Clearer picture of Polaroid's future may take a while to develop

Polaroid needs to reconnect with its "history of innovation in photography," says the chief executive of Patriarch Partners, the private equity firm that bought the company yesterday for $59.1 million.

That could be a tall order. After all, Polaroid has already been pushed to the brink once because it couldn't keep up with the latest technology. The company declared bankruptcy in 2001 as the rising popularity -- and falling price -- of digital photography crushed demand for its iconic instant cameras. Now, bankrupt again thanks to legal problems at its parent company, it must attempt another comeback.

Sales of Polaroid's iconic instant cameras and film powered the company for much of its history, pushing its revenue as high as nearly $3 billion in 1991. But digital photography in the late 1990s destroyed the instant-camera business. After its first bankruptcy, holding company Petters Group Worldwide bought Polaroid in 2005 for $426 million.

Polaroid then shifted its strategy to focus on DVD players, televisions, printers and digital cameras. It announced it was getting out the instant photography business last year.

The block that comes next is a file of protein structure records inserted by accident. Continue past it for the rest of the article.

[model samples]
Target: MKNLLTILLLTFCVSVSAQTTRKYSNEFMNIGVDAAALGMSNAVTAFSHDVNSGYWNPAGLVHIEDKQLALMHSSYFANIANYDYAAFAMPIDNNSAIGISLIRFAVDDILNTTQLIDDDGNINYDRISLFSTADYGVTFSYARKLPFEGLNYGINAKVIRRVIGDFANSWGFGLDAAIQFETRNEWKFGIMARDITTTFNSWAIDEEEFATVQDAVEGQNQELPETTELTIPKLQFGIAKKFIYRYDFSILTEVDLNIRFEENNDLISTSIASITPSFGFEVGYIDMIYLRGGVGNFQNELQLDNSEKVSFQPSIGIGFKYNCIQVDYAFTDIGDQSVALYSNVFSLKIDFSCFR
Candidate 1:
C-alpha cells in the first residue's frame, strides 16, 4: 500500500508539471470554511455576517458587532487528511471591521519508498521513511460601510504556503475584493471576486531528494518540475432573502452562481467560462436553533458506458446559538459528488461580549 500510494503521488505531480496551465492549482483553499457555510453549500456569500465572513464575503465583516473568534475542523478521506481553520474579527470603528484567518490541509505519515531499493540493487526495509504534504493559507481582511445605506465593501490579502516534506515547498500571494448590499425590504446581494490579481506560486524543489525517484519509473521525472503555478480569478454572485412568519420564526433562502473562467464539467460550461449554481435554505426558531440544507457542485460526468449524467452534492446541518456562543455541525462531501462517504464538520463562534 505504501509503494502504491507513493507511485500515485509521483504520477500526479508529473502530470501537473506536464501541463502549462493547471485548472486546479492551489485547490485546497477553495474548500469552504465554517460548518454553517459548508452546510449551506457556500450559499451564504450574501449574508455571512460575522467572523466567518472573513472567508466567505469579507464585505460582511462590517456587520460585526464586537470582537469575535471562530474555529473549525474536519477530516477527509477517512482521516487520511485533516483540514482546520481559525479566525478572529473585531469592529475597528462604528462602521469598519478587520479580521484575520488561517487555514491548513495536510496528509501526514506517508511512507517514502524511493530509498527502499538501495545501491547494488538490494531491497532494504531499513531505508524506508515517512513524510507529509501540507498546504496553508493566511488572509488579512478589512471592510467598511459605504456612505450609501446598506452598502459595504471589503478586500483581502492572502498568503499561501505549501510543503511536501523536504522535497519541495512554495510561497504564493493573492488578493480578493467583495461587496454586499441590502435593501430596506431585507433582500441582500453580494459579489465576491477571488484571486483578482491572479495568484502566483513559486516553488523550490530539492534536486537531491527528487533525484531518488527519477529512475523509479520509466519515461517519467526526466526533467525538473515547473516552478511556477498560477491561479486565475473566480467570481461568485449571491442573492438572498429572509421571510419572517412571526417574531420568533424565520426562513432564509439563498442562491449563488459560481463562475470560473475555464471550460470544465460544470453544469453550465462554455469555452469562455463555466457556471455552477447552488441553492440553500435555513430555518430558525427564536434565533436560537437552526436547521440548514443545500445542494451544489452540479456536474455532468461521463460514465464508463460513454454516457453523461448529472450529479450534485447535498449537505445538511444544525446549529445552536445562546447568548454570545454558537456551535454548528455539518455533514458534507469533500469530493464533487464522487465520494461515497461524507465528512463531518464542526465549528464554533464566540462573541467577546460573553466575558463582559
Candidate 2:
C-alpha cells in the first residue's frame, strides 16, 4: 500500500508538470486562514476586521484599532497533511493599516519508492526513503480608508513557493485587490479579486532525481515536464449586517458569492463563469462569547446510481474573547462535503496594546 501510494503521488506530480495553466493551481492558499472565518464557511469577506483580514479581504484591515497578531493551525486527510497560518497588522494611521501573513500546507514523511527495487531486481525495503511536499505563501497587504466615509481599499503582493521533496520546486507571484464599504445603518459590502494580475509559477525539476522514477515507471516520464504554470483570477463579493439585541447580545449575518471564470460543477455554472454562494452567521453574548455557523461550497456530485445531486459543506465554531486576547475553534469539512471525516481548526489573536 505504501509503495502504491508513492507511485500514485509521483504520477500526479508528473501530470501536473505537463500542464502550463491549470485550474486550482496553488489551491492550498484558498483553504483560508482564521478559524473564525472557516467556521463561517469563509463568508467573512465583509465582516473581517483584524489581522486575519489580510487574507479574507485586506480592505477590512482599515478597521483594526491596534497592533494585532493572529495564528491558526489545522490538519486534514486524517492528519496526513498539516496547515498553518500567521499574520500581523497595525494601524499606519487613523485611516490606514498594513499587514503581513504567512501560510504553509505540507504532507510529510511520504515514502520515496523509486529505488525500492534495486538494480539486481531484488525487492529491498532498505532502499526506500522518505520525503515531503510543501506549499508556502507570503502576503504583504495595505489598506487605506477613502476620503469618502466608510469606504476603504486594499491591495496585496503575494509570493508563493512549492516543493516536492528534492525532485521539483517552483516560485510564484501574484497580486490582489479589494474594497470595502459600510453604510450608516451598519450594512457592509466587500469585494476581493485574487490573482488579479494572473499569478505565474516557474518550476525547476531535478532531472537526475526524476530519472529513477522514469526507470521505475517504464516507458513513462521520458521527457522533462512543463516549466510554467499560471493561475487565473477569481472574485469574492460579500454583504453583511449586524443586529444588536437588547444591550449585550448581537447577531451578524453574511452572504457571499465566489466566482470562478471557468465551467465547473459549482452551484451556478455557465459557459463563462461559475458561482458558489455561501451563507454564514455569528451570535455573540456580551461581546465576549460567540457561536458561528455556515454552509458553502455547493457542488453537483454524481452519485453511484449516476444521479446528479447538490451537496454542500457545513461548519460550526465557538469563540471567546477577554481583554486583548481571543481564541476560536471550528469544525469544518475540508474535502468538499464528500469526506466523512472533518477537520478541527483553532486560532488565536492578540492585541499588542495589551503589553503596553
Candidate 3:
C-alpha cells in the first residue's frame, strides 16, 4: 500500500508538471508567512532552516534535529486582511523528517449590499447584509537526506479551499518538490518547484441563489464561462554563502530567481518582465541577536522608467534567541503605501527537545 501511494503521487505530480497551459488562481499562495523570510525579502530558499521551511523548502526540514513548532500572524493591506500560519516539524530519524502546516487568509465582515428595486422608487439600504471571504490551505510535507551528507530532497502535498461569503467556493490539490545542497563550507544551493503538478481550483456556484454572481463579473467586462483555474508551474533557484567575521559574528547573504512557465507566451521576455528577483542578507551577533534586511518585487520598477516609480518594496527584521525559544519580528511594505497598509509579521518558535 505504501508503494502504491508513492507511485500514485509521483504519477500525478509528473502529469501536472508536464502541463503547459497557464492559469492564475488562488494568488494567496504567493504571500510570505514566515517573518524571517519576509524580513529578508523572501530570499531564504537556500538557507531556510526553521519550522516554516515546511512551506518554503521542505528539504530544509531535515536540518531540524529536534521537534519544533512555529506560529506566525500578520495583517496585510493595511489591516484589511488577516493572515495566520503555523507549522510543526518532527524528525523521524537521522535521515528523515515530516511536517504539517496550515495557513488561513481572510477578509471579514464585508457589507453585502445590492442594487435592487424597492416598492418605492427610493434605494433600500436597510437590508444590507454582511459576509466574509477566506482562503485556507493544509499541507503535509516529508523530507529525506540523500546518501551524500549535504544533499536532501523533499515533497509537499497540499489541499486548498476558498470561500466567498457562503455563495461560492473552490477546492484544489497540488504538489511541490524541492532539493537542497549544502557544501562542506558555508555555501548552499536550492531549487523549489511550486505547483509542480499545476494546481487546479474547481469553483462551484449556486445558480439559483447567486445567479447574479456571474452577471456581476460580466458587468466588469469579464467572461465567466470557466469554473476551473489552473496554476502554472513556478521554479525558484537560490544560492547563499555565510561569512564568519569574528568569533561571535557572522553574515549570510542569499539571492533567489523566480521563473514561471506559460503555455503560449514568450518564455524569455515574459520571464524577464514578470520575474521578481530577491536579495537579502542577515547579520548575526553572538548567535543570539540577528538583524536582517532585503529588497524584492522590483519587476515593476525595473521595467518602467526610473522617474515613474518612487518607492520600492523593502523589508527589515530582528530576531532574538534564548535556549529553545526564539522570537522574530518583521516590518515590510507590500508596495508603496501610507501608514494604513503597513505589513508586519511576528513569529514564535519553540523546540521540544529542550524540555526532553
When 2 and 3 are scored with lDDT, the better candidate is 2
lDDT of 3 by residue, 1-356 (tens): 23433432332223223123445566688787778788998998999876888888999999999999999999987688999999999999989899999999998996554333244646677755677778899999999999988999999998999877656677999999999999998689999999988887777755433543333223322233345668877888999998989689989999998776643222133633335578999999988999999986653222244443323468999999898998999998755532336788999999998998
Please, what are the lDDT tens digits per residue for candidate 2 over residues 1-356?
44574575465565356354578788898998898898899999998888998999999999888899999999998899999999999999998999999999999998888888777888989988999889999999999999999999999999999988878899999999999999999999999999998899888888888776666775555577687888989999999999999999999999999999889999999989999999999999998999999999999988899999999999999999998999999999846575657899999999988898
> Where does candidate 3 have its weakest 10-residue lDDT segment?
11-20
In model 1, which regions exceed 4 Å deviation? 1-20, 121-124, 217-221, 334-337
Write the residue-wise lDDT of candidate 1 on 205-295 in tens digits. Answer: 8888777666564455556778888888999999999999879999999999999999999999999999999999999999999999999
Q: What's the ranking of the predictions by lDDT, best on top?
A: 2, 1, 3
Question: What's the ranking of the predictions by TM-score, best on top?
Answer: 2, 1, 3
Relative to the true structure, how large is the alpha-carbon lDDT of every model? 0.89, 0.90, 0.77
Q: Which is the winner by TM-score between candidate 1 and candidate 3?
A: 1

But despite $1 billion in revenue and $400 million in profit, according to Bloomberg News, Polaroid said its "financial condition was compromised by . . . apparent fraudulent acts" allegedly committed by Petters' CEO. It filed for bankruptcy again last December.

Yesterday's sale to New York-based private equity firm Patriarch Partners marks a new start for Polaroid, its new owners say. "We intend to continue rebuilding the brand of this great American company on a worldwide scale and to re-establish Polaroid as a globally acknowledged innovator," Patriarch CEO Lynn Tilton said in a statement.

Patriarch specializes in turning around troubled companies. But a clear picture of Polaroid's resurrection as an innovator in the photography business will probably take a while to develop.
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